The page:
This post is a part of the blog relay leading up to Media Evolution The Conference 2013. I spoke there last year and is happy to contribute with this text. This is the first post in the relay. Tomorrow Lauren Anderson of Collaborative Consumption will take over the baton.
Last year at Media Evolution, like many other conferences I’d been at, I had the pleasure of doing what happens at many a conference. Besides my own session with Tricia Wang, curated by Geraldine de Bastion we did the obvious.- mingled in between sessions, shimmied through the crowds, and traded pleasantries in between the gaps in the conference program. But not on one day! On this day, I happened to peek behind two big doors and stumble across something that changed the way I saw breaks at conferences – specifically the lunch break.
“It’s called Lunchbeat,” she said shouting at the top of her voice so I could hear. It wasn’t just that we had a disco ball and red strobe lights for lighting, or that the ambience of the place was such that you couldn’t tell what time it was outside – day or night. “Come on!” she yelled as she twirled around and along with other strangers who would soon turn out to friends.
We danced away our lunch break, and occasion otherwise reserved for sitting down with sandwiches in our hands and balancing drinks on our laps, with napkins and half-finished sentences between bites.
My lunch was disrupted, and I’ve never been the same since.
Lunchbeat helped me meet dozens of new friends, 9 of whom I have had the pleasure of making a deliberate effort to meet up with since then, in different parts of the globe. The fact that our lunch was interrupted and replaced by an hour of grooving, jiving and shaking a leg it brought us very close – and what sealed the deal was visiting the bathhouse later.
I’m not here to discuss the merits and demerits of the word disruption, its context and example, or whether it warrants our special attention. I am, however, here to paint a picture that besides the lunches, lights, beats and breaks there’s an underlying element of connection that we’ve yet to break.
Globally, we have yet to disrupt our own views and perceptions of the emerging parts of the world. Trapped between those that we are already similar to and the international media – what’s there to be made of the African continent besides lions, diamonds and war? What of the different kinds of written word content that we consume or create? How accessible is it offline to a world that’s gone not just mobile-first (as one sexy Silicon Valley startup might put it) but mobile-only (tablet included in this case)?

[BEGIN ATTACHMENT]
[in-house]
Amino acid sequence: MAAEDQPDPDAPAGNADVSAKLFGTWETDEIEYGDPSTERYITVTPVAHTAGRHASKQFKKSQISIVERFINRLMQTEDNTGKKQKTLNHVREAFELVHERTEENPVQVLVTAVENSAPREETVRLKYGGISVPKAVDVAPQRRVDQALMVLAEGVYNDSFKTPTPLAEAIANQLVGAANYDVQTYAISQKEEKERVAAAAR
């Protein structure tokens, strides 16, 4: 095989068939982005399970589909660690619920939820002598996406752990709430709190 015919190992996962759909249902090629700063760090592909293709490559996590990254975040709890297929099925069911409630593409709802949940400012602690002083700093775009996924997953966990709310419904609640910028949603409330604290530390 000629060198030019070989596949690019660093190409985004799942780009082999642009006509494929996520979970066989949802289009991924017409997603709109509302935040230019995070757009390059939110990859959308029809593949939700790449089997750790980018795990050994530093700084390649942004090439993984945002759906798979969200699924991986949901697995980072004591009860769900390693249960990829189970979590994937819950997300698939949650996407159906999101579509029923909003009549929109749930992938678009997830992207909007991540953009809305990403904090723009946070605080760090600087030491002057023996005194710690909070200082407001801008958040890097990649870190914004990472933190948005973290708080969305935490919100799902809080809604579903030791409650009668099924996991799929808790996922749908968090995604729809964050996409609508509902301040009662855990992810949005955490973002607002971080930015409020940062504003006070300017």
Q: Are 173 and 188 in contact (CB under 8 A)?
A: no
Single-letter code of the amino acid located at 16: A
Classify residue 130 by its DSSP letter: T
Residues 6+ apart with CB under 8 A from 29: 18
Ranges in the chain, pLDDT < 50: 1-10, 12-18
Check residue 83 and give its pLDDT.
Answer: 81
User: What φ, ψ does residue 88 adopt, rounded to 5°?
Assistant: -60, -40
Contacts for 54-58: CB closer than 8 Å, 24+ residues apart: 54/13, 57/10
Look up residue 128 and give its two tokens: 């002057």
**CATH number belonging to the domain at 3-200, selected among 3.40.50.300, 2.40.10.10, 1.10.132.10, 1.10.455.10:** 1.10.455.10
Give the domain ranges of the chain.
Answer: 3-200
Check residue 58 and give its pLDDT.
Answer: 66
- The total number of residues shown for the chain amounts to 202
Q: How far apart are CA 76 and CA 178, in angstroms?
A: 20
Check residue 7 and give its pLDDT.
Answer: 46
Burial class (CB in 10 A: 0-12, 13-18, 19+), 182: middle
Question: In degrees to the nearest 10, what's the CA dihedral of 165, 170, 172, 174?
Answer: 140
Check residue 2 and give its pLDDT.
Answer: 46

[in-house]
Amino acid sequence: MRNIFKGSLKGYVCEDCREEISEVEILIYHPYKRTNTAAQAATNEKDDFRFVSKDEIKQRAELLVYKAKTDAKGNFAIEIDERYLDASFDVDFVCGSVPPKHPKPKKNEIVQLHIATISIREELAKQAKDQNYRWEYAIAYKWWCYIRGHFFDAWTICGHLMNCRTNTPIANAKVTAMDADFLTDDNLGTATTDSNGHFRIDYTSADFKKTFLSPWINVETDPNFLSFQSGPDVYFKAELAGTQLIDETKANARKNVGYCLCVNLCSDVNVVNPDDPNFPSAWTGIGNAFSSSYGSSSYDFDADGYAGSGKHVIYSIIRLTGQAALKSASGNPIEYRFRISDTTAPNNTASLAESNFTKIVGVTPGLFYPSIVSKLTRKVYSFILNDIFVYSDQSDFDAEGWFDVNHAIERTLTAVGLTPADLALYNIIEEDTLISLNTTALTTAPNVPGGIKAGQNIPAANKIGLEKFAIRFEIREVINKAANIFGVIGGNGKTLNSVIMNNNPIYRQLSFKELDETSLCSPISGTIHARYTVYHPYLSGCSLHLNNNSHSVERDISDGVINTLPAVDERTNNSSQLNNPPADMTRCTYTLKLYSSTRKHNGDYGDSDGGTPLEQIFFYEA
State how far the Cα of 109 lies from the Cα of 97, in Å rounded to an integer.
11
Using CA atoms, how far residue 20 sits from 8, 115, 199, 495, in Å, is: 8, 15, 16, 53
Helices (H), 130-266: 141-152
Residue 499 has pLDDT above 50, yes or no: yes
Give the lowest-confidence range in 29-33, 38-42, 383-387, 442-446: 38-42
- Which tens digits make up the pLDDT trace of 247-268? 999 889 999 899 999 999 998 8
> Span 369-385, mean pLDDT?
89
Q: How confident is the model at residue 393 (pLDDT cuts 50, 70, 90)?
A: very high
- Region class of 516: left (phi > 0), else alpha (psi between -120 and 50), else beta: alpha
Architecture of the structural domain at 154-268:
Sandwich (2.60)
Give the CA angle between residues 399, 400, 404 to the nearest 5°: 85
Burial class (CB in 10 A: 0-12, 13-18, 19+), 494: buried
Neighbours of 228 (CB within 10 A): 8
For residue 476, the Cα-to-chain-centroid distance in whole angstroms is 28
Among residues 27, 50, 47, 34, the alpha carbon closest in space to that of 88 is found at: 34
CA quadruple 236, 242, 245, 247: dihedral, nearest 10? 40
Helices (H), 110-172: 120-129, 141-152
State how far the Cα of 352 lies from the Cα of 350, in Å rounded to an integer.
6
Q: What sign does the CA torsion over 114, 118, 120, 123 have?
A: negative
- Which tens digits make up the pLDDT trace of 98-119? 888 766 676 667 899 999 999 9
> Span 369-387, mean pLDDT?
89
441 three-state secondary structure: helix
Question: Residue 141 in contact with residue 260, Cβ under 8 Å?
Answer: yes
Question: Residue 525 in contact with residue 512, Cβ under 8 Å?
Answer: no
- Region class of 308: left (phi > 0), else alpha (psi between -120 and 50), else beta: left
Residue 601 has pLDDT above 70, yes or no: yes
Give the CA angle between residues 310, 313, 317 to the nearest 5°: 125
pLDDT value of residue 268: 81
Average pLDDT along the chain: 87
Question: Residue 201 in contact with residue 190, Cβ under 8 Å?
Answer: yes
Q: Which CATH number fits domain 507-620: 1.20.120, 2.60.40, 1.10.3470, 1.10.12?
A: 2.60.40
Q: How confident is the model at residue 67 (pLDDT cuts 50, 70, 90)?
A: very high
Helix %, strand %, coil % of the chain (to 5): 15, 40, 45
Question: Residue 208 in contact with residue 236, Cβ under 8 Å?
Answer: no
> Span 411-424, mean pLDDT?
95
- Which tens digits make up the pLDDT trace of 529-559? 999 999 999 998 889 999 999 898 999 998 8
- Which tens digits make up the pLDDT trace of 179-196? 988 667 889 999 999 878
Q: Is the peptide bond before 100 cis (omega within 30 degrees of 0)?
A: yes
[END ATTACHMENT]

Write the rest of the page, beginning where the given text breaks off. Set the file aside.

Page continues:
I got the chance this past week to judge Culture Shift in Johannesburg, South Africa and see a team put together over 48 odd hours hacking their own solution. This generation, thanks to Twitter, waning attention spans and an inundation of content and messaging, may prefer short-form content with a focus on participation in the final product. If this is true, then why not create a solar-powered vending machines – for poetry and prose? A genius idea that puts in the hands of the audience the chance to create micro-anthologies of poems and mixed media, and if put in different parts of the globe – say Palestine and Israel or Pakistan and India or Northern Nigeria and the South – who knows what cultural exchanges could come forth.
Whether someone eventually beat boxes to a few pieces of poetry printed out of this machine, or they sit back with a sandwich in one hand, a napkin in the other and balancing a drink on their lap, what we know is disruption may be closer than we think: all it takes is one devious look away from a regular break in the day. And perhaps a song to get us going.
The conference is sold out but you can buy tickets to attend the evening program here.